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Update to the Boston To Do List

Our time in Boston is quickly coming to an end, which means I have very little time left to get through this list. I keep thinking of more things I want to do, but I’ve accepted that this list will go unfinished. 

Here’s what I’ve accomplished from the original list.

The Isabella Stewart Gardner Museum -

Look at this courtyard. This alone is worth the visit. In fact, I spent most of my time here and in the ground floor rooms around it. My favorite thing besides the courtyard was the Spanish cloister. The hall is lined with 2000 painted tiles that Gardner’s artist friend, Dodge Macknight, brought her from Mexico. Gardner installed the tiles herself.

Peabody Museum - I visited on a whim one afternoon and learned about Harvard’s Native American history. The college’s 1650 founding charter states it will educate "English & Indian Youth of this Country in knowledge: and godliness.” The first brick building on campus was the Harvard Indian College. Only five or six names of Native American students who attended the college are certain; only Caleb Cheeshahteaumuck graduated, and he died of tuberculosis a year later. His classmate, Joel Iacoomes, was to be valedictorian that year, but died before graduation. In 2011, Harvard awarded him a posthumous degree. 

 Sonic Arboretum

Sonic Arboretum

Institute of Contemporary Art - we went on the last day of the “When the Stars Began to Fall: Imagination and the American South” and the “Sonic Arboretum” exhibits. I went for the Stars exhibit, but I loved the Arboretum, which was a room full of these horn speakers playing an Andrew Bird composition. Also fun: the hallway overlooking the harbor and the living room-sized elevator. 

Whale-watching - I audited a marine biology class this semester, and as the year-end field trip, we went whale-watching. Last semester, I went on a field trip to a chocolate factory, and now, whale-watching. Field trips are really cool at Harvard. 

We saw one Sei whale. Apparently they are a rare sight.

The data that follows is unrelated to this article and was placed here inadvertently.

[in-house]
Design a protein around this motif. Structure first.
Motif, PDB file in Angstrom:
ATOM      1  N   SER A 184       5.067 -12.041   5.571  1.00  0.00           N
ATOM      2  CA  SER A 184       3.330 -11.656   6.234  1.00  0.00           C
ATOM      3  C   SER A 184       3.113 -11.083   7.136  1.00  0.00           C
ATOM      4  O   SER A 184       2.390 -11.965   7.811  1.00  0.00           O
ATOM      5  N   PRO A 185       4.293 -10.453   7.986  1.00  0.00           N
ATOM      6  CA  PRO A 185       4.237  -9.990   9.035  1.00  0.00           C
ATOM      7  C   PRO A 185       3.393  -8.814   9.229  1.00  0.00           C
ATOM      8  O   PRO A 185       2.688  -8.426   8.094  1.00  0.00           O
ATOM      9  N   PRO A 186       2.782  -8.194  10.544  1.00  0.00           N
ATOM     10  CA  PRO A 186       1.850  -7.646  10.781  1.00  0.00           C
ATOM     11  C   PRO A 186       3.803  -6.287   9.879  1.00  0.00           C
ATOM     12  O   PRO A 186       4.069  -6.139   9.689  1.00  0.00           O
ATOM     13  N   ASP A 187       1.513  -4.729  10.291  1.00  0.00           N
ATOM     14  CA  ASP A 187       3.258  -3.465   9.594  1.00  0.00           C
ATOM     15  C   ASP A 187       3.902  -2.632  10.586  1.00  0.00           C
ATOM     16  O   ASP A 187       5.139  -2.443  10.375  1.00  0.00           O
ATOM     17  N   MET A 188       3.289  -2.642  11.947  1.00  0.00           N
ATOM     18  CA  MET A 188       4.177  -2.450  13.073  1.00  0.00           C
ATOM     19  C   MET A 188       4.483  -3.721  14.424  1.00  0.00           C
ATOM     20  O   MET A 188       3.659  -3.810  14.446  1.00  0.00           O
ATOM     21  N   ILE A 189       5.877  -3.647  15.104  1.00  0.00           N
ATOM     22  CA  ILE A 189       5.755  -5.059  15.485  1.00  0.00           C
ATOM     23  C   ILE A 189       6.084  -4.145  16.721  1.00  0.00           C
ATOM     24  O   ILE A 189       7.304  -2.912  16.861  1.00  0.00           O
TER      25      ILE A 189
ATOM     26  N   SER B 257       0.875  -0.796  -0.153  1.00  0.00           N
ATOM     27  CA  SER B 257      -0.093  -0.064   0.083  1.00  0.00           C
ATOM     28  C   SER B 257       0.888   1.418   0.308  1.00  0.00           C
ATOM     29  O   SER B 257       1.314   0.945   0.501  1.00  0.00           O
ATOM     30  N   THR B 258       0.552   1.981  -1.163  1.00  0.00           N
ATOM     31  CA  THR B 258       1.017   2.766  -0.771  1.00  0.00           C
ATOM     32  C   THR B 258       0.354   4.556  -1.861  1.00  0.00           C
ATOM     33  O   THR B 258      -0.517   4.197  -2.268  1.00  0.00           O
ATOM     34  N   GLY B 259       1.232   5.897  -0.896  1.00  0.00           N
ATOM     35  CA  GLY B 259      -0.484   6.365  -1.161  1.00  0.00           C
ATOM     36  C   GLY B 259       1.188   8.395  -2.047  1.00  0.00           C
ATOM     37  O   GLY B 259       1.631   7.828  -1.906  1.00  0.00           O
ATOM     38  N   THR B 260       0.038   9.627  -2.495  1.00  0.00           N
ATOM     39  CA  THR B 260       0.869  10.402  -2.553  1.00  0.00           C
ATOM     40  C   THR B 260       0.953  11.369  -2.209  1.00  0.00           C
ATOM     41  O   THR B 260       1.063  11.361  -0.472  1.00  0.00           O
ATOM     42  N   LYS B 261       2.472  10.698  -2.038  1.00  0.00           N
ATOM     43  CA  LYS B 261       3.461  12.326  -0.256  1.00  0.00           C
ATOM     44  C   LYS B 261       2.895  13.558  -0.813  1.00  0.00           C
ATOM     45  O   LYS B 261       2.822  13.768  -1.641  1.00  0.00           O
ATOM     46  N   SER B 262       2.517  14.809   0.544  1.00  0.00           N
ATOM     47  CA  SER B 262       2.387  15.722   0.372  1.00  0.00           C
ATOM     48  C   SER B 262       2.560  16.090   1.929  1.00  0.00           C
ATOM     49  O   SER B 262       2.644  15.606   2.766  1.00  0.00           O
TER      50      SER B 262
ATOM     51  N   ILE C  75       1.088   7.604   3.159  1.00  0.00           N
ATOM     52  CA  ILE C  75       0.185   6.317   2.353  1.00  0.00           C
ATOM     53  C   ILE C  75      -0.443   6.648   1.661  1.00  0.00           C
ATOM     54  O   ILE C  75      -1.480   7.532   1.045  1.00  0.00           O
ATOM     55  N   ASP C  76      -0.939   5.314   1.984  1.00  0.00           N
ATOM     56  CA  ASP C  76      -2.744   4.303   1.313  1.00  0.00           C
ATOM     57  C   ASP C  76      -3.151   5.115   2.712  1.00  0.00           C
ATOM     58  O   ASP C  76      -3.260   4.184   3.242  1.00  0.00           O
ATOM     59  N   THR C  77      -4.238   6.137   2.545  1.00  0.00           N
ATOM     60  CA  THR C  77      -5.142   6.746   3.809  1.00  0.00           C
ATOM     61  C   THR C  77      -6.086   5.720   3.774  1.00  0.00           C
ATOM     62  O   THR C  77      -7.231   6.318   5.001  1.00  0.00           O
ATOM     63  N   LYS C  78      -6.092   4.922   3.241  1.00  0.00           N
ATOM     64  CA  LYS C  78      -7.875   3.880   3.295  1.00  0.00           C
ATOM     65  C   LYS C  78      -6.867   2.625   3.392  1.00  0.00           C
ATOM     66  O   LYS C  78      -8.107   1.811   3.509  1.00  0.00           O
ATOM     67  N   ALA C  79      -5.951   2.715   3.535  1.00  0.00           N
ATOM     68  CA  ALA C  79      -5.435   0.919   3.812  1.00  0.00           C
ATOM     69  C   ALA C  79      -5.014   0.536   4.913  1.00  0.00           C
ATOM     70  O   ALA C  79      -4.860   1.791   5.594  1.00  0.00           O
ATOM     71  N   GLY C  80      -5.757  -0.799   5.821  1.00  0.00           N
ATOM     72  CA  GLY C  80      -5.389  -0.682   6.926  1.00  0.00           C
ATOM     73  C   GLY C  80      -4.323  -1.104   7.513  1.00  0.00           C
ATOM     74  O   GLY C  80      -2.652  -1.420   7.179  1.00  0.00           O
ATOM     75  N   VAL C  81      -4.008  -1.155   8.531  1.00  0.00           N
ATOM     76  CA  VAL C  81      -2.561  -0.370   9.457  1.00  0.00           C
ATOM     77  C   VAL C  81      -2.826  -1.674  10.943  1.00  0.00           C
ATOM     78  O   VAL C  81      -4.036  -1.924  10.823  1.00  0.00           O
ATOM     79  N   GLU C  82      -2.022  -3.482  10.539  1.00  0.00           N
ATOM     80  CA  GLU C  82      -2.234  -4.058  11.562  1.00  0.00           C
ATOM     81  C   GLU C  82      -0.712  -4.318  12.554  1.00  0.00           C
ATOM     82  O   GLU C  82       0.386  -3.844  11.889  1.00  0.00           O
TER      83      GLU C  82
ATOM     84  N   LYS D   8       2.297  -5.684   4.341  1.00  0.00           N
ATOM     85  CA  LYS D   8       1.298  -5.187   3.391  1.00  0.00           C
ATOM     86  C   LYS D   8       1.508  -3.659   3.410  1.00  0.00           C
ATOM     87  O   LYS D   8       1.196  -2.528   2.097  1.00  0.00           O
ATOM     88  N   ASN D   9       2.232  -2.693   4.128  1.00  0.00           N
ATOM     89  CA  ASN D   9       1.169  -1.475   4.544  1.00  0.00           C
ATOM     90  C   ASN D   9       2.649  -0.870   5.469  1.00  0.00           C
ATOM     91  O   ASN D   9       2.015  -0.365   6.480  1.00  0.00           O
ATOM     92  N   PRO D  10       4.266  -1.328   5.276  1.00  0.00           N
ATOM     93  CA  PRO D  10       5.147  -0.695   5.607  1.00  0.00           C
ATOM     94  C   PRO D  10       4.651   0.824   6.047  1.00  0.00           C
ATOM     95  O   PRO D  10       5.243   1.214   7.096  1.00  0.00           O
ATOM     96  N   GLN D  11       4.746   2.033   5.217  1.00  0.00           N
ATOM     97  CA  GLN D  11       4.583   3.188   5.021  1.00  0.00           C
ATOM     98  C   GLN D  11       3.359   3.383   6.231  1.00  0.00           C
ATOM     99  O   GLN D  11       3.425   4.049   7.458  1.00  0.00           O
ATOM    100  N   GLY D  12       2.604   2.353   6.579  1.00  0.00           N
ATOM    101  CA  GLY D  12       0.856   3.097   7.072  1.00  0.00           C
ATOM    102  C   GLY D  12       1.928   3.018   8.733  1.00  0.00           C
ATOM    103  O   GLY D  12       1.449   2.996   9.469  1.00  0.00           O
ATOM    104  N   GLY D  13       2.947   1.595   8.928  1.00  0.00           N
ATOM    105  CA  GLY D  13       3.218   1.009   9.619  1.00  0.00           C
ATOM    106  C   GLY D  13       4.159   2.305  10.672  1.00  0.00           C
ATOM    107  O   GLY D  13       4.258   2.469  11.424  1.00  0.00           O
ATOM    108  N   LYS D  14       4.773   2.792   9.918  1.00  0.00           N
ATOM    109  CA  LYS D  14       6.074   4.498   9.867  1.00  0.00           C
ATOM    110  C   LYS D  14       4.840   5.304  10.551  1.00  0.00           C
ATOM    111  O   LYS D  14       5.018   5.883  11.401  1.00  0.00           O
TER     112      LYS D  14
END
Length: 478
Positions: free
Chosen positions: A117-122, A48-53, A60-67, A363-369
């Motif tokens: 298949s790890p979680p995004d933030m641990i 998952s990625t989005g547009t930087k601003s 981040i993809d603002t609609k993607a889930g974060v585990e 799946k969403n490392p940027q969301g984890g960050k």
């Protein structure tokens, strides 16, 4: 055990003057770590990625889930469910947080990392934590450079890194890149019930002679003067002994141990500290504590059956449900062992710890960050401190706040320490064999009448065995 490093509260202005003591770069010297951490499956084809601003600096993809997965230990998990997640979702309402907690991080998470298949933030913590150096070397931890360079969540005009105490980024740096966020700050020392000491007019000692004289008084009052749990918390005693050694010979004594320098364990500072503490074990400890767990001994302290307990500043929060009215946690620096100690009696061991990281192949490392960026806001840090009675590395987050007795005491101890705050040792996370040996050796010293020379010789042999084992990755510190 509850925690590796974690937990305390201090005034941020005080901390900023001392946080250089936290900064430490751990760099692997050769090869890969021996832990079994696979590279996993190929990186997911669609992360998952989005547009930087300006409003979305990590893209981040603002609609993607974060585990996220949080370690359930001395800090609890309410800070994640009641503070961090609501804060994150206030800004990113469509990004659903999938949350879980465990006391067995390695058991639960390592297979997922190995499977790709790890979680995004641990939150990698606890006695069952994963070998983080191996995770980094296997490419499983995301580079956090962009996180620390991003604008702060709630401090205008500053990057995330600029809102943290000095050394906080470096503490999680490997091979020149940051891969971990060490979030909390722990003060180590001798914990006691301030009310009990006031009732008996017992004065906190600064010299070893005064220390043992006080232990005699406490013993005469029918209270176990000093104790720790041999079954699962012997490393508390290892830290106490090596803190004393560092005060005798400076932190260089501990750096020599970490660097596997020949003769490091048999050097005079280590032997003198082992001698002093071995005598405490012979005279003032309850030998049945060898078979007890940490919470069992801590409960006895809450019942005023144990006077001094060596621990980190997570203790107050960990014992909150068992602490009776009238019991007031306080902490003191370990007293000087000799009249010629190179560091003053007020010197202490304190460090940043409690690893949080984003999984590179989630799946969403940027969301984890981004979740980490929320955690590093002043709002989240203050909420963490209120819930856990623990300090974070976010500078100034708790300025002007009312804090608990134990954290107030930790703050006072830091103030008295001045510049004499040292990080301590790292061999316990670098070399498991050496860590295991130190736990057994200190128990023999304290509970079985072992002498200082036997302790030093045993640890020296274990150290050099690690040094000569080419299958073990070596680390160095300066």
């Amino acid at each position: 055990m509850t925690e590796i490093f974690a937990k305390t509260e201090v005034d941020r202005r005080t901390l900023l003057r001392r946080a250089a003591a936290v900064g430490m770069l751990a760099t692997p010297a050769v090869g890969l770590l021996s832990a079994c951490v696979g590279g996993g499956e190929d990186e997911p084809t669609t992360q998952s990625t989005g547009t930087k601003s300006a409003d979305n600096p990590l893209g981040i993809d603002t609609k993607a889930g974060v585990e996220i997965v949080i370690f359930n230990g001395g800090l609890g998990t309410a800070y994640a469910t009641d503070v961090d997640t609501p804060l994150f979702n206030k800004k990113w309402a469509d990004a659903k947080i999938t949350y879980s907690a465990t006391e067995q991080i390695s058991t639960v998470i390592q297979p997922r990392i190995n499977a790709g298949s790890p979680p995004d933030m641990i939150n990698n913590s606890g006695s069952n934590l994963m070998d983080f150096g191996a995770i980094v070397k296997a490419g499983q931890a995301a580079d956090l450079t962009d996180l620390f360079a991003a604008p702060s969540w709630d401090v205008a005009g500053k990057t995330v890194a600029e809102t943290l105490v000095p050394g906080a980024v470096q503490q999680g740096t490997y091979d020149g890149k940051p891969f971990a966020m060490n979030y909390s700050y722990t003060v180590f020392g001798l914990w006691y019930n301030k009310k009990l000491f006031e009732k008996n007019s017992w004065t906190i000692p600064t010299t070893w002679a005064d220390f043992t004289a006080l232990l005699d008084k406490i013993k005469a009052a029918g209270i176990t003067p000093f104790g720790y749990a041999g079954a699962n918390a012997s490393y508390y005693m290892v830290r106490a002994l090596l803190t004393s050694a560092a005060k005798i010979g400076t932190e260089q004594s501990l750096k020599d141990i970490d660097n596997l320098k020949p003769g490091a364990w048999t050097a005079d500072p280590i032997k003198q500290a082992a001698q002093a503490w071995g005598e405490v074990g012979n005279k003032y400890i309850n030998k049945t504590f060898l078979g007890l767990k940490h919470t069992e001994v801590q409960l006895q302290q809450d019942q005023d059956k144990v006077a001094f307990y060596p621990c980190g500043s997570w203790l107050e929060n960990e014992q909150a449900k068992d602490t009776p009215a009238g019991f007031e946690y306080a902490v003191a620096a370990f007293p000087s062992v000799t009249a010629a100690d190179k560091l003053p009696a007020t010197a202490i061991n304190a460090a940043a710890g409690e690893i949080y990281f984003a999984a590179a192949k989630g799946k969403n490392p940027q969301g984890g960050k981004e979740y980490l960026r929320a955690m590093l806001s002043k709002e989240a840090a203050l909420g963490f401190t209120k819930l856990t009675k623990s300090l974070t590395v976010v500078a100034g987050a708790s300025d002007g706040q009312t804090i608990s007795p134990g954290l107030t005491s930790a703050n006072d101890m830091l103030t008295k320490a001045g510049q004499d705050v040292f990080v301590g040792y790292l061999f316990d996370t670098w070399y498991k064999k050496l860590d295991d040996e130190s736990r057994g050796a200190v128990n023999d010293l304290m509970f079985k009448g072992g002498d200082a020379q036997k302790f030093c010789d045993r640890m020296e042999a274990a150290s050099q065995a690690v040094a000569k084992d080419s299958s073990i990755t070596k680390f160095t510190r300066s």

Christian Science Plaza - I still have some exploring to do here, but we did go on the Mapparium tour. It’s only about 15 minutes long, but it’s really bizarre and wonderful. The tour takes you into the three-story, stained glass globe of the world as it was in 1935. There’s a light show, which means various parts of the globe light up as you hear “welcome” in different languages. This sounds cheesy, and it is a little bit, but it’s still presented in a way that made me a little teary-eyed.

Great Molasses Flood plaque in Puopolo Park - I almost gave up on this when we went to look for it. It’s described as “easy to miss.” That is true. If you’re looking for this plaque, it’s in the low, stone wall near the entrance of the park, in between Puopolo and Langone Parks. If you’re looking at the bocce pits with your back to the street, it’s on the right. 

So that’s about six things out of twenty on the list.

But I've also done things that weren’t on the list, like biking to Walden Pond and swimming in it again, even though it was breath-takingly cold; ringing the bells in the Lowell House bell tower (“houses” are where the students live, but you would never call these accommodations “dorms”); handling Ansel Adams prints in one of the libraries; and spending an hour in a Harvard art museum study room with my favorite images, Andre Kertesz’s “Chez Mondrian.” And then there are new things I’ve learned about that should go on the list, like visiting Spot Pond in the Middlesex Fells Reservation, or the Adams National Historical Park in Quincy, or taking a ferry to one of the Harbor Islands. 

We have visitors this weekend, which usually means more sight-seeing… and maybe tackling a few more of these “To-Dos.” For those with Boston experience, I welcome any suggestions on the one thing we have to do before we leave. 

On Serendipitous Travel Moments, or Being in the Right Place at the Right Time

For one of the classes I’m auditing this semester, I’ve been reading Henry Brooks Adams’s autobiography, The Education of Henry Adams. Adams was the grandson and great-grandson of presidents, and though he worked as private secretary to his ambassador father, wrote, and taught at Harvard, in reading his autobiography, you get the sense that he never really did anything.  He did marry, and his wife, Marian (“Clover”) committed suicide by drinking photo developing chemicals. You don’t learn about this in his book, because he doesn’t mention Clover or her death at all. 

Although Adams didn’t talk about his wife’s death, he commissioned a statue in her memory (Atlas Obscura has a great post about the memorial). Today, you can visit the Adams Memorial at Rock Creek Cemetery in D.C. We spent a few days in Washington over our spring break. I thought about looking for the statue, but spent the time visiting museums and friends instead.